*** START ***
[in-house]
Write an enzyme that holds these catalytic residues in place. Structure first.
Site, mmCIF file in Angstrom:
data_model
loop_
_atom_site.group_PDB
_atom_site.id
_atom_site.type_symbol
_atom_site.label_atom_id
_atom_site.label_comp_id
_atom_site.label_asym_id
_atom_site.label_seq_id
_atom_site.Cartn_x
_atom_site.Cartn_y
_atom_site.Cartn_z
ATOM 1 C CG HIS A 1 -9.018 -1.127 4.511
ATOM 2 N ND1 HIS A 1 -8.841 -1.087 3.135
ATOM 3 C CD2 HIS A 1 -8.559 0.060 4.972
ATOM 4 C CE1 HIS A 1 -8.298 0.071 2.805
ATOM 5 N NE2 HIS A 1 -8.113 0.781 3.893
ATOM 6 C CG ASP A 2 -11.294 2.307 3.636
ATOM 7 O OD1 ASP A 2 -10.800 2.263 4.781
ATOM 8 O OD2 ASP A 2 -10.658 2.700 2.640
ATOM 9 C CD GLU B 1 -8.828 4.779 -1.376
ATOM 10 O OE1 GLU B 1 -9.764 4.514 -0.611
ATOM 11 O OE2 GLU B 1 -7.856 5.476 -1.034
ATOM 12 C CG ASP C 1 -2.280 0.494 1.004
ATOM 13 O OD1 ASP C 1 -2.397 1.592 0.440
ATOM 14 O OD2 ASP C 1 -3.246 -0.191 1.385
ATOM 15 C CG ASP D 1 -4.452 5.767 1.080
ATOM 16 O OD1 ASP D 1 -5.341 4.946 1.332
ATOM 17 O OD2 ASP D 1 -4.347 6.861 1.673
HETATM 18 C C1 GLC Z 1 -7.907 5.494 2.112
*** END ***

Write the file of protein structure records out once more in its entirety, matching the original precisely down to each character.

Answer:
[in-house]
Write an enzyme that holds these catalytic residues in place. Structure first.
Site, mmCIF file in Angstrom:
data_model
loop_
_atom_site.group_PDB
_atom_site.id
_atom_site.type_symbol
_atom_site.label_atom_id
_atom_site.label_comp_id
_atom_site.label_asym_id
_atom_site.label_seq_id
_atom_site.Cartn_x
_atom_site.Cartn_y
_atom_site.Cartn_z
ATOM 1 C CG HIS A 1 -9.018 -1.127 4.511
ATOM 2 N ND1 HIS A 1 -8.841 -1.087 3.135
ATOM 3 C CD2 HIS A 1 -8.559 0.060 4.972
ATOM 4 C CE1 HIS A 1 -8.298 0.071 2.805
ATOM 5 N NE2 HIS A 1 -8.113 0.781 3.893
ATOM 6 C CG ASP A 2 -11.294 2.307 3.636
ATOM 7 O OD1 ASP A 2 -10.800 2.263 4.781
ATOM 8 O OD2 ASP A 2 -10.658 2.700 2.640
ATOM 9 C CD GLU B 1 -8.828 4.779 -1.376
ATOM 10 O OE1 GLU B 1 -9.764 4.514 -0.611
ATOM 11 O OE2 GLU B 1 -7.856 5.476 -1.034
ATOM 12 C CG ASP C 1 -2.280 0.494 1.004
ATOM 13 O OD1 ASP C 1 -2.397 1.592 0.440
ATOM 14 O OD2 ASP C 1 -3.246 -0.191 1.385
ATOM 15 C CG ASP D 1 -4.452 5.767 1.080
ATOM 16 O OD1 ASP D 1 -5.341 4.946 1.332
ATOM 17 O OD2 ASP D 1 -4.347 6.861 1.673
HETATM 18 C C1 GLC Z 1 -7.907 5.494 2.112